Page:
If it were possible for a particular instance of pain or suffering to exist, God would be wise enough to know of this possibility, powerful enough to prevent its instantiation and benevolent enough to desire and want to act towards its prevention. Therefore, if God exists, it is not possible for pain and suffering to exist.

Theistic philosophers have responded with a number of counterarguments to the problem of evil, so stated. Each of these counterarguments, termed a 'theodicy',[5] is designed to demonstrate how the existence of evil, pain and suffering is compatible with the existence of God. I want now to examine the most common and persuasive of these theodicies to see if one or more stand up to critical scrutiny. Three of these theodicies use the 'greater good' argument; that God allows evil, pain and suffering in order to either bring about a greater good or to prevent a greater evil. The final theodicy considered here proposes that the problem of evil is a chimera because pain and suffering itself is an illusion.

In examining each of these theodicies, keep in mind that for a theodicy to be convincing, it must do more than demonstrate that the existence of God is compatible with evil per se. It needs to account for the evil we experience in our world. In particular, we need to evaluate whether the argument it presents provides an adequate account of the types, amount and distribution of evil, pain and suffering in the world. Each criterion prompts us to ask specific questions.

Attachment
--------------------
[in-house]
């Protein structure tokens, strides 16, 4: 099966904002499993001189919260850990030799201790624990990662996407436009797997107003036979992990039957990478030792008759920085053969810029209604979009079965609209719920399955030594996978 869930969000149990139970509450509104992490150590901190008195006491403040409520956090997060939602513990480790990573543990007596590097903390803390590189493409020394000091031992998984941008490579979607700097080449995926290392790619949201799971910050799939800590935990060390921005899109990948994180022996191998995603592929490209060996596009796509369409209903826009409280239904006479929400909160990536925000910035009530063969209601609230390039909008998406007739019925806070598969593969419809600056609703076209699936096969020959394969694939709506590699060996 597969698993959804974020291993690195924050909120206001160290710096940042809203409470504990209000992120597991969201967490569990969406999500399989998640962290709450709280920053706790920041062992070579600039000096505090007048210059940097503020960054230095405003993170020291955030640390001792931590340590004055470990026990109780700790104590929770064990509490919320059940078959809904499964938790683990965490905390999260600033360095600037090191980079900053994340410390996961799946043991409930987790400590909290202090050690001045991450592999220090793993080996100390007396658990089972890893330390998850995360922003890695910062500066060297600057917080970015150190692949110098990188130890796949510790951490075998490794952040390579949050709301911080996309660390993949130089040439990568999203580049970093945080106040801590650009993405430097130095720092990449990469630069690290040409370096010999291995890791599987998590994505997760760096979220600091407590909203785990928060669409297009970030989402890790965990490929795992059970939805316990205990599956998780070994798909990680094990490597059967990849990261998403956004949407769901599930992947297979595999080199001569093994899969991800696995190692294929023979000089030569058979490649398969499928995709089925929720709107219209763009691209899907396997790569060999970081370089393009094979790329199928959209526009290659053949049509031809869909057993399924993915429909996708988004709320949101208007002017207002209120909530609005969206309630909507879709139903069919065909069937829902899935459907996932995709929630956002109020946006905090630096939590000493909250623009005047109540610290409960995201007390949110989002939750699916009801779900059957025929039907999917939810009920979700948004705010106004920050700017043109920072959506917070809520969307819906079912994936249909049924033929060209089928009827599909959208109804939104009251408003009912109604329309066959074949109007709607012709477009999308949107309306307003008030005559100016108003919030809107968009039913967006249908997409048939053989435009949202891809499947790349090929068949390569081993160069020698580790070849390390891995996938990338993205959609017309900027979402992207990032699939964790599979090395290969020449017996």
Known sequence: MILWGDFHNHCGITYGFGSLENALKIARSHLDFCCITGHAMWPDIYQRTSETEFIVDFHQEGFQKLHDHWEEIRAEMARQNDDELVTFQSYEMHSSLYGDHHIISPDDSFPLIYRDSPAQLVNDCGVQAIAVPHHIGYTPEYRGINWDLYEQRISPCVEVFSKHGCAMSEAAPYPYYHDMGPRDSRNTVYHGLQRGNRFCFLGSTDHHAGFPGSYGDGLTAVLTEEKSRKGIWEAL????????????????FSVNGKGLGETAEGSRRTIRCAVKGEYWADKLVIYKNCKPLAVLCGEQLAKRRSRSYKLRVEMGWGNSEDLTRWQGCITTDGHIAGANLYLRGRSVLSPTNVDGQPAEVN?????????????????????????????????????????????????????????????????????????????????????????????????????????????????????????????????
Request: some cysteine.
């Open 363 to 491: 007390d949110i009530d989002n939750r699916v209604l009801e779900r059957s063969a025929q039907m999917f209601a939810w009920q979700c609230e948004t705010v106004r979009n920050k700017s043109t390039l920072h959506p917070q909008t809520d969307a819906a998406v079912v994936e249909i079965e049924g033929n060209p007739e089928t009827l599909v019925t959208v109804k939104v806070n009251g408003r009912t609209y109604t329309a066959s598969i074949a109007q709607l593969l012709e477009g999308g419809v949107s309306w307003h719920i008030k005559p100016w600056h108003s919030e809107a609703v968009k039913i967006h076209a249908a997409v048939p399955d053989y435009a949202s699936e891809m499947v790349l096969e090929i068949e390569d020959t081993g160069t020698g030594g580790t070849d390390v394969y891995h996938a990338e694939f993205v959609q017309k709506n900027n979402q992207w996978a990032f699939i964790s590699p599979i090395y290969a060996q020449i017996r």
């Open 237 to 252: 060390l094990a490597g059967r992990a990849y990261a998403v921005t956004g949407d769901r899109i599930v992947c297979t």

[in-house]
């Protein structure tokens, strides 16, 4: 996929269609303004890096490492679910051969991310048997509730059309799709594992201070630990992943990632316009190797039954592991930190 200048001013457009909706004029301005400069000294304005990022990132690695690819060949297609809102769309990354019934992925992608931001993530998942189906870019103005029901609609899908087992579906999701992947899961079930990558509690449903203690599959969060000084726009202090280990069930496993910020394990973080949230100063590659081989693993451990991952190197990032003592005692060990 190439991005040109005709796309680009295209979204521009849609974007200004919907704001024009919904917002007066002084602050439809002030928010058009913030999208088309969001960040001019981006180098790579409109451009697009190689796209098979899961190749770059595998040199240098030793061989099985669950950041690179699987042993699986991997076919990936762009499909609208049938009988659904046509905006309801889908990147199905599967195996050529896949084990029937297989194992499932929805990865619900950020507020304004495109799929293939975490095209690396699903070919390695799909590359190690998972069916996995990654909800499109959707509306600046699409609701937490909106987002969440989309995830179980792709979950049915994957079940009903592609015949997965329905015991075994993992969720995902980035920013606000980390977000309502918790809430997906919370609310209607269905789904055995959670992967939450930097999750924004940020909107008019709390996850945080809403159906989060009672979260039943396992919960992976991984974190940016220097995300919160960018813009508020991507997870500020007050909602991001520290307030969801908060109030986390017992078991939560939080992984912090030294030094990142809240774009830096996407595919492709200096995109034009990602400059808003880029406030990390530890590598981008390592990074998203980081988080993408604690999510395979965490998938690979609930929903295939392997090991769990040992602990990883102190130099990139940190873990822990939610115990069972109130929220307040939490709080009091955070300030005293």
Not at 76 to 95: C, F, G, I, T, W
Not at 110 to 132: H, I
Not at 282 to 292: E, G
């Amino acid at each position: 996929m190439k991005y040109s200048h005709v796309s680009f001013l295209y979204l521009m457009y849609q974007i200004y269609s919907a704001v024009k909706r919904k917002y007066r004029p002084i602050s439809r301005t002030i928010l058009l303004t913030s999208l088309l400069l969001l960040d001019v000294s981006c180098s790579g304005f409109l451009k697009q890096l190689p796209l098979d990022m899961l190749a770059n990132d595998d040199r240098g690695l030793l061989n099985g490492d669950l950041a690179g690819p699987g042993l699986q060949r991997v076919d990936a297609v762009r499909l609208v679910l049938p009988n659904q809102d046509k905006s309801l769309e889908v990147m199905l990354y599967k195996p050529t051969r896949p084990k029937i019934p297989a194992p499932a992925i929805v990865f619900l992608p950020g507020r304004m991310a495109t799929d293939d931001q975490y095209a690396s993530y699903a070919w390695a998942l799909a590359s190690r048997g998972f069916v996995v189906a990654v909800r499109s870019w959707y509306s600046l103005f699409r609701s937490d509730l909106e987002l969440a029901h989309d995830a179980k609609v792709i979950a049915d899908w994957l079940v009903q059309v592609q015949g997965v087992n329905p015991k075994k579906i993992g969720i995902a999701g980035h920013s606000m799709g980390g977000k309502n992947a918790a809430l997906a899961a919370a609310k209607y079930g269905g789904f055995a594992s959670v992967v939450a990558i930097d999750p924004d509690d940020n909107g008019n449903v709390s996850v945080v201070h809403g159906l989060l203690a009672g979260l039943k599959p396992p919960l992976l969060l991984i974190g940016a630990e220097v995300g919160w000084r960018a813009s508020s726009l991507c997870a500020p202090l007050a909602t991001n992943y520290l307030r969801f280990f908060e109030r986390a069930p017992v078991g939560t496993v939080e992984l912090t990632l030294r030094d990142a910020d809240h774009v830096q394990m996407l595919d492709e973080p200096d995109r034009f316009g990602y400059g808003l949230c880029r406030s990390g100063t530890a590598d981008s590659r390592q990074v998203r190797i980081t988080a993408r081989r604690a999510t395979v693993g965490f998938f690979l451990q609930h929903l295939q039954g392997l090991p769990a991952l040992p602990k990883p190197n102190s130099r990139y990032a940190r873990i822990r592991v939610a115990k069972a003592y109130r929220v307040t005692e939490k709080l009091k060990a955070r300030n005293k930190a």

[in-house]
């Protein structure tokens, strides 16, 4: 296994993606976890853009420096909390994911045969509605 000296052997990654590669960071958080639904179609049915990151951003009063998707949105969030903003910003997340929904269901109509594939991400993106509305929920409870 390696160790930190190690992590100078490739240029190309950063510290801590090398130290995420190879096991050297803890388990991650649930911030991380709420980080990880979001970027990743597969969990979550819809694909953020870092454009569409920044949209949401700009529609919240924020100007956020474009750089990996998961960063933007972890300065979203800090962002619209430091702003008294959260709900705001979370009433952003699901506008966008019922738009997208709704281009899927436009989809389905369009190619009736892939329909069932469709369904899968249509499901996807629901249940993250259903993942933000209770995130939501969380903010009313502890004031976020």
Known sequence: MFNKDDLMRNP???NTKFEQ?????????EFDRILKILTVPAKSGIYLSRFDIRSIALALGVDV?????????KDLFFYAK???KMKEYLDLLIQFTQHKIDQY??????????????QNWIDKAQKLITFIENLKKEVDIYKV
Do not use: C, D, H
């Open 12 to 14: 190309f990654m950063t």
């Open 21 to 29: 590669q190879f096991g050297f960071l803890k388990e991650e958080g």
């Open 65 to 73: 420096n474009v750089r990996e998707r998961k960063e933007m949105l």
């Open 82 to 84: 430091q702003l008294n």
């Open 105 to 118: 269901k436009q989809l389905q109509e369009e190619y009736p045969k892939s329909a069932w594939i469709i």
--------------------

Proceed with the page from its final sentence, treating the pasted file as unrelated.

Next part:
Does the theodicy account for 'moral evils'; the evils perpetrated by human agents, such as torture and theft? Does it account for 'natural evils', the pain and suffering humans and other creatures endure from natural events, such as epidemics, floods, fires and earthquakes?
Does the theodicy demonstrate why the world contains the amount of pain and suffering that it does? Could God's purpose or reason for allowing pain and suffering be achieved with a lesser amount?
Does the theodicy explain the distribution of pain and suffering throughout the world; why some people experience more pain and suffering than others in virtue of their economic or social position, geographical location or time in history?

It pays to keep in mind these questions as I critically examine each theodicy in turn. In the next section, I will briefly present each theodicy and my responses will follow.


  1. [4] The 'Epicurean paradox' or 'riddle of Epicurus' reads: 'Is God willing to prevent evil, but not able? Then he is not omnipotent. Is he able, but not willing? Then he is malevolent. Is he both able and willing? Then whence cometh evil? Is he neither able nor willing? Then why call him God?' Reprinted in Hospers [1990: 310].
  2. [5] The term 'theodicy' was first coined by Gottfried Leibniz in 1710.